Rendell is at the top of her game in this latest outing featuring the intrepid Inspector Wexford. A long-forgotten cold case involving the “monster” Eric Targo is violently resurrected through the Inspector’s memories of when he was a young, fit rookie police officer in the 1970s. Clearly the aging inspector is never surer of his recollections and the certainty that Targo is some kind of monstrous serial killer.
Plagued by memories from a distant past, Wexford spies Eric Targo visiting the Rahmans, a successful, upwardly mobile Asian family. The sight of his white van parked outside their terrace is a surprising catalyst for all of the hunches, speculations, and suspicions that the Inspector has built up over the years.
Now, a lifetime later, Wexford is ready to tell Mike Burdon about the brutal murder of Elsie Carroll, found dead in her bedroom one evening while her husband was out at his whist club. Targo had been exercising his golden spaniel in the street shortly after Elsie’s murder. But what really sends chills into Wexford’s soul is Targo’s absurd and sinister stare as he gazes over at Wexford from under a streetlamp.
While Targo hides his birthmark, a purple-brown naevus shaped like a map of
an unknown continent, Wexford nods faintly, saying to himself that “he did it,
whoever he is, he killed Elsie Carroll.” Targo nods faintly as if to say, “ We know each other now. We are bound together now."
Rendell deftly manipulates Wexford’s recollections and his confessional to Burden with that of Wexford’s young life as recalls his first loves - his engagement to a girl called Alison, then his obsession with a girl in a red dress, "just enough to think that one day he would like to marry someone like her," and his betrayal in Cornwall with a young girl by the name of Medora Holland.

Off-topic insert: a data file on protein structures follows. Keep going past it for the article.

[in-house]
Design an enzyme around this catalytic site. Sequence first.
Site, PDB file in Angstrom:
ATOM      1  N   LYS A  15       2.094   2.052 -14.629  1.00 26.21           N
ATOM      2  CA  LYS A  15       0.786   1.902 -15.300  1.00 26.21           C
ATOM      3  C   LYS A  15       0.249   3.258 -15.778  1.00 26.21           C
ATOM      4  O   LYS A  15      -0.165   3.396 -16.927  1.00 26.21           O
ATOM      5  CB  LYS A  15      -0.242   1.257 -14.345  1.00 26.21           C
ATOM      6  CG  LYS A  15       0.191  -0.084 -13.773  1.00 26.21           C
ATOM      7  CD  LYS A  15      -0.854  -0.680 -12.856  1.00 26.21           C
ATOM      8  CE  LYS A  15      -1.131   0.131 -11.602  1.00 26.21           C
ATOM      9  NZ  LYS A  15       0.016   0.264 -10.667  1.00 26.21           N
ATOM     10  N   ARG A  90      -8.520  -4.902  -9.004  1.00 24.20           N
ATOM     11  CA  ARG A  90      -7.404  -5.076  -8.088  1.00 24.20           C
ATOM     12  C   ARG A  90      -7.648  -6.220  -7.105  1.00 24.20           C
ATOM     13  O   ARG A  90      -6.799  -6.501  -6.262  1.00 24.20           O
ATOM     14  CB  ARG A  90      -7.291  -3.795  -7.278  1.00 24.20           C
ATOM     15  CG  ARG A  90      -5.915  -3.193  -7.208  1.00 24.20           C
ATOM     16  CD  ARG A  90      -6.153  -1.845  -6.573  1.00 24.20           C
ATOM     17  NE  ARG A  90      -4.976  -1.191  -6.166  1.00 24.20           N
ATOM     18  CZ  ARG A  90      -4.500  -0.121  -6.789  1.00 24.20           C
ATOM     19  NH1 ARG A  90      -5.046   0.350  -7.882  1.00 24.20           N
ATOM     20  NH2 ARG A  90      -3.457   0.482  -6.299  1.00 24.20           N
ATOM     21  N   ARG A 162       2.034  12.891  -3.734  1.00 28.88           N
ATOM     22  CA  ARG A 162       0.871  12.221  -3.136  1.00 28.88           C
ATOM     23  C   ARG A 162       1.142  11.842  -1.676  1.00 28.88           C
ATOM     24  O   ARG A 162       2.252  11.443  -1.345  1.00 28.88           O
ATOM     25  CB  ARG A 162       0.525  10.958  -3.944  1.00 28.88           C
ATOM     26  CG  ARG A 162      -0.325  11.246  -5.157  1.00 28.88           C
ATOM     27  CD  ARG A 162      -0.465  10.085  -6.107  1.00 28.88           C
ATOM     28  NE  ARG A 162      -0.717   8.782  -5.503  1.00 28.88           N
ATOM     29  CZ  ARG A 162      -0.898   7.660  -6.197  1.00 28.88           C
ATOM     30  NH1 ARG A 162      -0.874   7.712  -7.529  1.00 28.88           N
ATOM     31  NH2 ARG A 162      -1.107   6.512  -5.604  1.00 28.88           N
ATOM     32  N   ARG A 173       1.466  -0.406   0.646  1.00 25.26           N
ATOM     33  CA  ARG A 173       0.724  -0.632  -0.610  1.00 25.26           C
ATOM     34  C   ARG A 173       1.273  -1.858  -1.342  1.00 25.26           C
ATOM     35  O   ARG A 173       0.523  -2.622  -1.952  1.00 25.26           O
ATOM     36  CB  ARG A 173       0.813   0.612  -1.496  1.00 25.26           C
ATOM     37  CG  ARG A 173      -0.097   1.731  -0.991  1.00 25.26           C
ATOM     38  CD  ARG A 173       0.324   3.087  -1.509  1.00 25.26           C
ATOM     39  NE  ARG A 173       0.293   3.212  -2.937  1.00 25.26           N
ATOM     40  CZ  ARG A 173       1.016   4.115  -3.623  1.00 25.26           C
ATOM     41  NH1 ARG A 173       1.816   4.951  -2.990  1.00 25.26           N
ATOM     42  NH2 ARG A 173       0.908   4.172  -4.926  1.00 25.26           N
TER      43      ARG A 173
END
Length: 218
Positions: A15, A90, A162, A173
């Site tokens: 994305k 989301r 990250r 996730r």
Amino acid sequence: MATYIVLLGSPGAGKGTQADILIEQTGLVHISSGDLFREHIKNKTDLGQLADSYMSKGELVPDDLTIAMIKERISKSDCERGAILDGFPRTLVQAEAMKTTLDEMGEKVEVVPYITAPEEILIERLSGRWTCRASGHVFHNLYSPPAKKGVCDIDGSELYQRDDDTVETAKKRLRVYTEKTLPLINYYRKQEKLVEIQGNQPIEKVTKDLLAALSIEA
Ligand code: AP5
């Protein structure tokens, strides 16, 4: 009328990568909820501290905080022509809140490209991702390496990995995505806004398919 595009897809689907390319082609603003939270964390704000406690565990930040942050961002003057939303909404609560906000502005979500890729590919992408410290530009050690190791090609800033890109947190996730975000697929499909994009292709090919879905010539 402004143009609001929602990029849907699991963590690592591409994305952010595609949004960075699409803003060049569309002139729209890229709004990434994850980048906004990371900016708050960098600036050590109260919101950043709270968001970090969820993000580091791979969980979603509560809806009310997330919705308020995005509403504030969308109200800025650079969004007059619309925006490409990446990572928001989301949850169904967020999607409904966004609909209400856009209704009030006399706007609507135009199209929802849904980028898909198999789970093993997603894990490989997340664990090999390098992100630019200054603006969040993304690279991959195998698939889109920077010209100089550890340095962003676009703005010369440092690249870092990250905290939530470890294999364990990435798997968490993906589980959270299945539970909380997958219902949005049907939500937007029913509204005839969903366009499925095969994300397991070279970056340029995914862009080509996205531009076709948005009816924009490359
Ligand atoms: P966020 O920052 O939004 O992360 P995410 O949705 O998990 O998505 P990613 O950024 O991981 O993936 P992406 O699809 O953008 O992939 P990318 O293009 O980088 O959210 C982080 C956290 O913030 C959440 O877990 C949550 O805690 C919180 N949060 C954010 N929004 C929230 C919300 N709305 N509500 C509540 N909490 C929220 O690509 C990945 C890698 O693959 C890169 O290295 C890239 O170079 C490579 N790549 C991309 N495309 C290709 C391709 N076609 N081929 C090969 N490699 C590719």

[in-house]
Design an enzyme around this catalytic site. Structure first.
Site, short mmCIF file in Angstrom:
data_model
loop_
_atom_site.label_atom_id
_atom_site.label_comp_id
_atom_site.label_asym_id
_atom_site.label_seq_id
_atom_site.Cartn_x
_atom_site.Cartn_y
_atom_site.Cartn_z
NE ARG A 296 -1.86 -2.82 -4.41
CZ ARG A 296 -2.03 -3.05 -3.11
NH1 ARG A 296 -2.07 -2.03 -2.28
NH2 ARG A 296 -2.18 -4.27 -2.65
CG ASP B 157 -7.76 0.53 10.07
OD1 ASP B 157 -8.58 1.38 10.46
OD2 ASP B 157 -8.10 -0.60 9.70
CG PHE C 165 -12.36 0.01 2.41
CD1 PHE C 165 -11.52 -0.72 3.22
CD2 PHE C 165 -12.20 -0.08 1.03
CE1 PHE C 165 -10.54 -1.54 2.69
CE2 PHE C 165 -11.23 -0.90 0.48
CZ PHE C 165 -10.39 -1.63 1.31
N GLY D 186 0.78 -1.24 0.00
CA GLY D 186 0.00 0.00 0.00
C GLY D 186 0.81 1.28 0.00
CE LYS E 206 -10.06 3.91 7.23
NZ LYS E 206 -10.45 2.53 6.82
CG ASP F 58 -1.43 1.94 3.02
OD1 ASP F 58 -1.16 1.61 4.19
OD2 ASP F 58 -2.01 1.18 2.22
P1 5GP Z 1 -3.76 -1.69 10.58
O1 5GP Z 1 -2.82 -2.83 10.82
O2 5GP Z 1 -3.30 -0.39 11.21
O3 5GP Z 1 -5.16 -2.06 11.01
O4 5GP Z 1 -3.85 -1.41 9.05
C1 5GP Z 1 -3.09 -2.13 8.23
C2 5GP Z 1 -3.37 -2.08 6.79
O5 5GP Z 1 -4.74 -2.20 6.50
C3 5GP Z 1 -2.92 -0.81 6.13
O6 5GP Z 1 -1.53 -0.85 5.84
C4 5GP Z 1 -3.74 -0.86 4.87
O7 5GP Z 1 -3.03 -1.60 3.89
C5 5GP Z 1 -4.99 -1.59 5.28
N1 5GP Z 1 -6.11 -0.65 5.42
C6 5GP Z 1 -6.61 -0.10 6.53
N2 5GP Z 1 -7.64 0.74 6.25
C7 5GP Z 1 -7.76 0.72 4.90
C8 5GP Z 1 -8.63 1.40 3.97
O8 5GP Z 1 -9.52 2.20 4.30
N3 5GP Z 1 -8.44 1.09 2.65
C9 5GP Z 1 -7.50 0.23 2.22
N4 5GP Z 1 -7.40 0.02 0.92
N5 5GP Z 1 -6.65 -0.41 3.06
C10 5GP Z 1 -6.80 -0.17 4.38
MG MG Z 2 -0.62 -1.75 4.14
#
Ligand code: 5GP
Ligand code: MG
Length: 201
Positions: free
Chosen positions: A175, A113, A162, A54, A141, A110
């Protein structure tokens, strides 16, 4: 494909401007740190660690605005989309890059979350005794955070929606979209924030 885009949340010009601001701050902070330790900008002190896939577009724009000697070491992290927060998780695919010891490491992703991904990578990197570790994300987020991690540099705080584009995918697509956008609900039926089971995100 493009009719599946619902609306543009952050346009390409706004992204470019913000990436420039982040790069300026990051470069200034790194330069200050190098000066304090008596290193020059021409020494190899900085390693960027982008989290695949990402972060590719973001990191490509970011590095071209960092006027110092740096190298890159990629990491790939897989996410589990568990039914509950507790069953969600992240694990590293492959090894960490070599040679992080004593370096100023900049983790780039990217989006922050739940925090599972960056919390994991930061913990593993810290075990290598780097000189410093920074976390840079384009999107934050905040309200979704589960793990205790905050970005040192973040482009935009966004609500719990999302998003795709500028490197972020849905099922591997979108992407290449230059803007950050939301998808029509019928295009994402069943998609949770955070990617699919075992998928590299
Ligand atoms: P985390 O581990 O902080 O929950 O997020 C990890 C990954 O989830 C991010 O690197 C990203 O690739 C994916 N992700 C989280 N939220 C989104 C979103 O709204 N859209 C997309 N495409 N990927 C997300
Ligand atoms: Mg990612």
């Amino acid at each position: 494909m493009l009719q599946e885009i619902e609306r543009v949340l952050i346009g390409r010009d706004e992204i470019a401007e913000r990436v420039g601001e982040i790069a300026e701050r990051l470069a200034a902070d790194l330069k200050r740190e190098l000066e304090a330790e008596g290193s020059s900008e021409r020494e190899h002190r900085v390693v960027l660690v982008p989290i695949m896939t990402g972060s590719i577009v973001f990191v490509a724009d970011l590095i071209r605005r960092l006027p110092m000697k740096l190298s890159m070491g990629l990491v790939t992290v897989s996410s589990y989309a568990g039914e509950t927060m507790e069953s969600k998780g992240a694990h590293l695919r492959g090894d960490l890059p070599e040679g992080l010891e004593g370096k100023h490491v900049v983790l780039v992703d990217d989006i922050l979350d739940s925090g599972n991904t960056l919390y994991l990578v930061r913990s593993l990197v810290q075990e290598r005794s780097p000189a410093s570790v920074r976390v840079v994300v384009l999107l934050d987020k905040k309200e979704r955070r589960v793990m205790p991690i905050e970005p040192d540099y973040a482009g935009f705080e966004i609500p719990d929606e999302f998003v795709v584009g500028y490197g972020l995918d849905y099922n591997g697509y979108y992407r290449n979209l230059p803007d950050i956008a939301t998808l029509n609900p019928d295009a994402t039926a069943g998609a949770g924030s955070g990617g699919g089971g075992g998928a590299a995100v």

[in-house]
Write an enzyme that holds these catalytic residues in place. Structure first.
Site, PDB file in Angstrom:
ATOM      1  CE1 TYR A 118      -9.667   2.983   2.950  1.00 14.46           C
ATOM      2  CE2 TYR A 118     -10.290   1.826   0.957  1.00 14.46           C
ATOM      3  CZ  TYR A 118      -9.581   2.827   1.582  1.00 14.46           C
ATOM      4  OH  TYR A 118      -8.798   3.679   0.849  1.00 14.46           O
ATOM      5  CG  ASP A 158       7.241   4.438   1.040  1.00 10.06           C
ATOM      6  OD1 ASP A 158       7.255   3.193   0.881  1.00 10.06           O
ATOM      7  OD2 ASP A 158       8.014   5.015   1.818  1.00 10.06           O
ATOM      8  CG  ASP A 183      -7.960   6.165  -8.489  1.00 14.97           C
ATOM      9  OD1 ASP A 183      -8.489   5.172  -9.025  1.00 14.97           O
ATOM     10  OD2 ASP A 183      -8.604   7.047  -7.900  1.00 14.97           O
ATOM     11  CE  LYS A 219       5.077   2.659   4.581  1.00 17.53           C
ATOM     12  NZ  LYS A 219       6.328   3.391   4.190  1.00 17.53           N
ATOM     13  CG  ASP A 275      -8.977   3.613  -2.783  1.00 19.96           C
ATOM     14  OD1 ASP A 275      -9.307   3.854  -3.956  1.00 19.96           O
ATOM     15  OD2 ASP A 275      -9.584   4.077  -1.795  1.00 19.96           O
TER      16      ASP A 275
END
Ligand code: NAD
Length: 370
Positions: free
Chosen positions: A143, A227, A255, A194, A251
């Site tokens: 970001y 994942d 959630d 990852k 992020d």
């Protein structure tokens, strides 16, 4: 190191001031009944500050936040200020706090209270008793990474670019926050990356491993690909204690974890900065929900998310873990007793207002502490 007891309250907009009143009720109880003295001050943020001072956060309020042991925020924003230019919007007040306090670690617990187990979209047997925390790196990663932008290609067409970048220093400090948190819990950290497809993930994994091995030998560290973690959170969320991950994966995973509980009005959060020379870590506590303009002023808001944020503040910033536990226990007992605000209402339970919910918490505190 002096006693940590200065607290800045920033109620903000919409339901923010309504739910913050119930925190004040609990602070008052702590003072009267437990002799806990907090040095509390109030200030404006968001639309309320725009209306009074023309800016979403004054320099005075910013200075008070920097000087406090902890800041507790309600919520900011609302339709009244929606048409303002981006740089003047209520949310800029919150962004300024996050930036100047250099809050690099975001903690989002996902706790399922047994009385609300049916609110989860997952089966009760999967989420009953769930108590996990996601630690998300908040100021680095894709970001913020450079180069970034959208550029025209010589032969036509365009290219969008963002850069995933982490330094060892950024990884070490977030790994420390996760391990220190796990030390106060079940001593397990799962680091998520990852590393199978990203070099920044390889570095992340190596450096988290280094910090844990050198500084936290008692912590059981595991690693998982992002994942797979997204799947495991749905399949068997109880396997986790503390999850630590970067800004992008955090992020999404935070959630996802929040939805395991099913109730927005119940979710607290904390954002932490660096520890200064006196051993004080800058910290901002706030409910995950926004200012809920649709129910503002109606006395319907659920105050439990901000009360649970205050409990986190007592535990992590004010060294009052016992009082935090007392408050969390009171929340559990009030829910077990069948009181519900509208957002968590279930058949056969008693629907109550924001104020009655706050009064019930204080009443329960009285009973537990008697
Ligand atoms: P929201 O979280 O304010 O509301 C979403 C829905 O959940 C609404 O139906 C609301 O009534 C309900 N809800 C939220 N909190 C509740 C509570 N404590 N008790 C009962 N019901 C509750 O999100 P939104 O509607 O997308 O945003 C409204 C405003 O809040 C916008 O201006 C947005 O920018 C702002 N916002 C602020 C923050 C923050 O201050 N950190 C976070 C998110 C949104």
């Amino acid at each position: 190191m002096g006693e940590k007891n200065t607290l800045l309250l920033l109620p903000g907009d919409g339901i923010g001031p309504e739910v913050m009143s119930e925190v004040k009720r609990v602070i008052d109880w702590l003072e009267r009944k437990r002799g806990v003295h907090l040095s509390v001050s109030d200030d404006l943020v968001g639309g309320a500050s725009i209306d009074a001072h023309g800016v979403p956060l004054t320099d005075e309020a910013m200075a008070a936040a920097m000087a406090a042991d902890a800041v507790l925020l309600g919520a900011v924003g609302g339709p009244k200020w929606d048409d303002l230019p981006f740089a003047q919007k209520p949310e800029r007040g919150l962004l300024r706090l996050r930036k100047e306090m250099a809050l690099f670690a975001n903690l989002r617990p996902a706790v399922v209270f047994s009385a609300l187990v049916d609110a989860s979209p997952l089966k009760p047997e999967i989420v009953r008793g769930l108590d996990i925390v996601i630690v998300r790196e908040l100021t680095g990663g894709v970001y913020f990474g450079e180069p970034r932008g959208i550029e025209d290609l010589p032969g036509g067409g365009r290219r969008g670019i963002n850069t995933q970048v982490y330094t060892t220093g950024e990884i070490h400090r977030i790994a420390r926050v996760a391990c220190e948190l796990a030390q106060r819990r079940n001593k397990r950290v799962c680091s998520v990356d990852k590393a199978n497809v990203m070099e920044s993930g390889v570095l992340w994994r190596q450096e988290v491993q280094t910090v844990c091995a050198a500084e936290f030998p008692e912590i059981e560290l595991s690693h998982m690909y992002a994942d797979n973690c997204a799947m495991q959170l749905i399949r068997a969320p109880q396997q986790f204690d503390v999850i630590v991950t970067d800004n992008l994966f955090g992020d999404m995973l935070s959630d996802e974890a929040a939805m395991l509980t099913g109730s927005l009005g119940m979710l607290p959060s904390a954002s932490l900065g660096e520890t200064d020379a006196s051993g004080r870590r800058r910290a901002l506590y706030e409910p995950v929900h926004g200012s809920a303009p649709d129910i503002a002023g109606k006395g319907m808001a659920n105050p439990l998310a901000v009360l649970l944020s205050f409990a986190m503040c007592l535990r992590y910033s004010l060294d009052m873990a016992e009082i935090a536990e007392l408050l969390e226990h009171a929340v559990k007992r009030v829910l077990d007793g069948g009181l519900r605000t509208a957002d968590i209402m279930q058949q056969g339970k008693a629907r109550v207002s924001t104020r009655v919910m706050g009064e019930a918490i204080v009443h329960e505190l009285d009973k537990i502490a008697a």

Mike Burden continues to remind Wexford that Targo has absolutely no motive as Wexford
nonetheless attempts to grandly build his case, disclosing the murder of seventeen-year-old Billy Kenyon, a young autistic man who loved to work at Kingsmarkham’s Botanical Gardens
and was savagely murdered in 1976 - perhaps by Targo.
Rendell intuits her compelling mystery with a kind of benevolent racism in the Rahmans, who have a solidarity Wexford has seldom seen before the immigrants came. But Wexford must also counter the benign martyrdom of his colleague Hannah Goldsmith, who is convinced that the Rahman family’s youngest, sixteen-year-old Tamina, is being pushed into a forced marriage.
Along with Wexford’s wild imaginings and Eric Targo’s madness, this man “with cold blue eyes,” the novel bleeds the past into the present.
With much of the tale focusing on a Kingsmarkham that once was, Wexford’s convoluted case suddenly ripples outwards.
There's the fear of what Eric Targo might do next as he becomes an invisible container locked in Wexford’s mind, a man who seems to lack even a tenuous connection to the murder victims whose deaths Wexford is investigating.